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Raising the Cap

As of the 2016 fall semester, classroom student capacity was increased from twenty-five to thirty-five for general education courses throughout the four schools at SUNY Old Westbury and their respective departments. Handed down by the administration led by the Provost and Senior Vice President for Academic Affairs Dr. Patrick O’Sullivan, has been met with protest from both faculty members and students. This fluctuation of class sizes is directly affected by SUNY budget cuts, whether the college meets its enrollment targets and more importantly, the feedback from the students.

But given the limited budget and resources SUNY Old Westbury currently possesses, it was a ruling that had to be made in order to accommodate student needs while maximizing efficiency and productivity, according to the administration.

SUNY Old Westbury is among one of the smaller comprehensive colleges whose main selling point has always been the low 18:1 student-teacher ratio with an average of twenty-two students per class. This in turn promotes a positive rapport among students and their professors making the education experience more rewarding.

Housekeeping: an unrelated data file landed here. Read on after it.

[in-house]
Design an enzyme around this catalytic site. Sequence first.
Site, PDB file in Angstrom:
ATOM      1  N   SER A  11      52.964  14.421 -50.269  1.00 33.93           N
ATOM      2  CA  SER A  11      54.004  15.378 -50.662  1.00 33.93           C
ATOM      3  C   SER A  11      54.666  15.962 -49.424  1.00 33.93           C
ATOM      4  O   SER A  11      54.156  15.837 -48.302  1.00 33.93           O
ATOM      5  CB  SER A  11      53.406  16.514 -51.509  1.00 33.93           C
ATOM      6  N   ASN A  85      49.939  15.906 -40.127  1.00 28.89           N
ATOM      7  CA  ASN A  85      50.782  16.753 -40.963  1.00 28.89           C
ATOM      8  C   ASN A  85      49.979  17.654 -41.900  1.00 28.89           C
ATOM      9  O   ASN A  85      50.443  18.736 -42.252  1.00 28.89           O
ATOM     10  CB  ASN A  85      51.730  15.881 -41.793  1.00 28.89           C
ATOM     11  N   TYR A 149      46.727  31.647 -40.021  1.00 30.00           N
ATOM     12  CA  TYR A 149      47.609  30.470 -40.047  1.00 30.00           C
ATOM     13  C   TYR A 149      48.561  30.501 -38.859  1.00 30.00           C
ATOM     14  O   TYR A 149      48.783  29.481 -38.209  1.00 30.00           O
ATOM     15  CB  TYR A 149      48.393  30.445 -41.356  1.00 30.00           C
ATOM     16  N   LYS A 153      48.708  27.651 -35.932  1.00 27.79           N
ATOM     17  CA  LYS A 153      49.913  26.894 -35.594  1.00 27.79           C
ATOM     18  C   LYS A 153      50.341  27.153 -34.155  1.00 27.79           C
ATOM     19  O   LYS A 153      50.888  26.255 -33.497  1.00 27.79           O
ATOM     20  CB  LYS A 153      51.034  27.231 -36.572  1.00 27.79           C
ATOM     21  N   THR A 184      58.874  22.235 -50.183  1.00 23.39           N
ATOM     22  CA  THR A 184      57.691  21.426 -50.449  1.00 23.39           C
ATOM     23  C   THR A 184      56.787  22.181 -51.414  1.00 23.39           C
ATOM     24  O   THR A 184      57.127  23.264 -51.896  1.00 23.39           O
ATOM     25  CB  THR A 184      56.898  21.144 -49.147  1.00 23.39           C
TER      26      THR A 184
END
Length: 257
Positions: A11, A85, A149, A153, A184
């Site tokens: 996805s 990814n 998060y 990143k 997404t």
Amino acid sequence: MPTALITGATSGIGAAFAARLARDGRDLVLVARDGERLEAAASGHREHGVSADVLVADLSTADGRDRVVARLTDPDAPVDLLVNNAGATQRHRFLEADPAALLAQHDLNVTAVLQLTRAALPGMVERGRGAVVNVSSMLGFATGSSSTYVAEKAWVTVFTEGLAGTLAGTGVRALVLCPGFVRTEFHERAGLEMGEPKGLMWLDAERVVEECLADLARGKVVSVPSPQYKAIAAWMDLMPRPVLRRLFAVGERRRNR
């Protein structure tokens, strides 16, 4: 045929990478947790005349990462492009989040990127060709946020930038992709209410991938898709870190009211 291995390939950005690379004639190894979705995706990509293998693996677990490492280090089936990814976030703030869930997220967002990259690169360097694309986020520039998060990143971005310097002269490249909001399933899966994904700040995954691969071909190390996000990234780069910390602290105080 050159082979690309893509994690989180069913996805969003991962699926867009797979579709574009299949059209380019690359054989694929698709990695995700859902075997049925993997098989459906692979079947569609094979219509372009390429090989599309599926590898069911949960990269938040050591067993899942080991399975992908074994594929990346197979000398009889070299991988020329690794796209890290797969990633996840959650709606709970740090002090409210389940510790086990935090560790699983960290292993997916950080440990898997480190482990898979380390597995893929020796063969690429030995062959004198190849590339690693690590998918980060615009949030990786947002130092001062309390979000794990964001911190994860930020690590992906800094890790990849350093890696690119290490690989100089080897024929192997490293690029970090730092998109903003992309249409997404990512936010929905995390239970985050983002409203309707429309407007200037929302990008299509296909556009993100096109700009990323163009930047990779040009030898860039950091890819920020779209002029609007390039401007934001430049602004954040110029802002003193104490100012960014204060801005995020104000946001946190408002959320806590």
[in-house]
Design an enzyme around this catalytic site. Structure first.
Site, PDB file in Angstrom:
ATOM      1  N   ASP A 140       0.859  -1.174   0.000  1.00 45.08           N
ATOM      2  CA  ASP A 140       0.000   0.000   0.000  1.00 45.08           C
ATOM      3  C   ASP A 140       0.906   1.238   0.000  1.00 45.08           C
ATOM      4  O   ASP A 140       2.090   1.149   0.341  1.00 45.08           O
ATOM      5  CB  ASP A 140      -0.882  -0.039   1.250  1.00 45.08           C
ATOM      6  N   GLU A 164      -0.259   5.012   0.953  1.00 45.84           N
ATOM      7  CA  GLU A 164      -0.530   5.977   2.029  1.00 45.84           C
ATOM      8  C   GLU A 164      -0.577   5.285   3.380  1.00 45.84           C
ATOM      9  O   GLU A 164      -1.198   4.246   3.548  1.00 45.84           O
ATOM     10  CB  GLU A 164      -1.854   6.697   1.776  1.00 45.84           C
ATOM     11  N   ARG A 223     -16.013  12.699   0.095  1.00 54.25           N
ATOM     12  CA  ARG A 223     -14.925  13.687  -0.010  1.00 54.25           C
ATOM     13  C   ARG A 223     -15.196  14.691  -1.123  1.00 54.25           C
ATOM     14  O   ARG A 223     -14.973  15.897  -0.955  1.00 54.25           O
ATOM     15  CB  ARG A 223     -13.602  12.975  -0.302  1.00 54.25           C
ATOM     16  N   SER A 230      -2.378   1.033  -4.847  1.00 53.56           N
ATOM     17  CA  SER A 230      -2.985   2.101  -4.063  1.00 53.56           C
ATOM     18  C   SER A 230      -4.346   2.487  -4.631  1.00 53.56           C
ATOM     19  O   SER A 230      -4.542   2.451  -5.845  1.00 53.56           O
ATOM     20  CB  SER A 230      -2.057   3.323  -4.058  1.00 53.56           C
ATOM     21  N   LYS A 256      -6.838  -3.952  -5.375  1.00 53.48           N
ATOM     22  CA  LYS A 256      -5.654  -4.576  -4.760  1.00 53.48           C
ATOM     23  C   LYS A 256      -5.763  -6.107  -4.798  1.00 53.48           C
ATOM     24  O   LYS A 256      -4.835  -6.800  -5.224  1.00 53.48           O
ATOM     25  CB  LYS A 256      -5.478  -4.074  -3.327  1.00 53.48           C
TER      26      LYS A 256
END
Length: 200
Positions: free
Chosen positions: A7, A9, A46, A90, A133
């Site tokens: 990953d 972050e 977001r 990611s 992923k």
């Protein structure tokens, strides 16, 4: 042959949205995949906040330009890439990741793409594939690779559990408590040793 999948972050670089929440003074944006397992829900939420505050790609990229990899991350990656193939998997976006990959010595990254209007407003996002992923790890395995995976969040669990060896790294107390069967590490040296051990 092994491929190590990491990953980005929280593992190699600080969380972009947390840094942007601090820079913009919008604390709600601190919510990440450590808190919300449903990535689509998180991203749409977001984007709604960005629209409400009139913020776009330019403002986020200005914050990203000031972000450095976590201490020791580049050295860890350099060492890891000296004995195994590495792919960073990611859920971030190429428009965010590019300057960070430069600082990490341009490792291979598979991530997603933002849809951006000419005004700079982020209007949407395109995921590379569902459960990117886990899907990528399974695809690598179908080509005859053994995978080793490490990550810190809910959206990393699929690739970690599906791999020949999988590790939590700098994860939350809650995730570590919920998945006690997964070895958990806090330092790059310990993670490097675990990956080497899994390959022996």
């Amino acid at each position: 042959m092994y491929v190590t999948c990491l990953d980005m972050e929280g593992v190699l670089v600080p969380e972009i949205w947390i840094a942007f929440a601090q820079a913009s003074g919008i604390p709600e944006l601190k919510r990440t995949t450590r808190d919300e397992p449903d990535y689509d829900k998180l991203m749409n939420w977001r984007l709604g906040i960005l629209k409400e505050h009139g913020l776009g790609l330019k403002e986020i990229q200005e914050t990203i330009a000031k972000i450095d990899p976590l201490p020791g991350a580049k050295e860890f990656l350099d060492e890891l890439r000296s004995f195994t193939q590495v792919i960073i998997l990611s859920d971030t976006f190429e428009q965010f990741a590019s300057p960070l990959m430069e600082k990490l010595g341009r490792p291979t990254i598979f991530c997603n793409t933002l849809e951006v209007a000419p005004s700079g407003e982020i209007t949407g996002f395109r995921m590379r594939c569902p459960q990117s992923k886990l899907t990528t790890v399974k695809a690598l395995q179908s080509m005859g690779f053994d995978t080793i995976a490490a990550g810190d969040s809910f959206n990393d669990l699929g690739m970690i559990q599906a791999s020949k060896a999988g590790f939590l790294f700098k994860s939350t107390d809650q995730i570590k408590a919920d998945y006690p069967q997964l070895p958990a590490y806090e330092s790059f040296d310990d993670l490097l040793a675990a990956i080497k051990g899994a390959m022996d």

On the other hand, low course capacity creates a scheduling setback among students trying to graduate on time. For students that need to add one more class in order to graduate but with courses capped at twenty five, the upturn in capacity would keep those students from having to return for an additional semester and prevent their graduation from being  delayed.

Associate Professor Andrew Mattson, chair of the American Studies Department, said,“Most faculty agree with students that a smaller class size leads to a better quality of interaction between faculty and students. So how do you strike the balance between the competing needs to have bigger classes for efficiency, productivity and schedule flexibility versus smaller class sizes for quality of education?”

This dilemma has been addressed by Dr. O’Sullivan with a compromise. Starting next semester, there will be a process in which the different departments will meet with the deans of their respective schools to try to work out a reasonable balance between quality and quantity. With this agreement, some courses could be reduced from  thirty five as early as next semester. At the moment, lower level courses, including  subjects like mathematics, history, and the sciences, are experiencing the most crowded classrooms.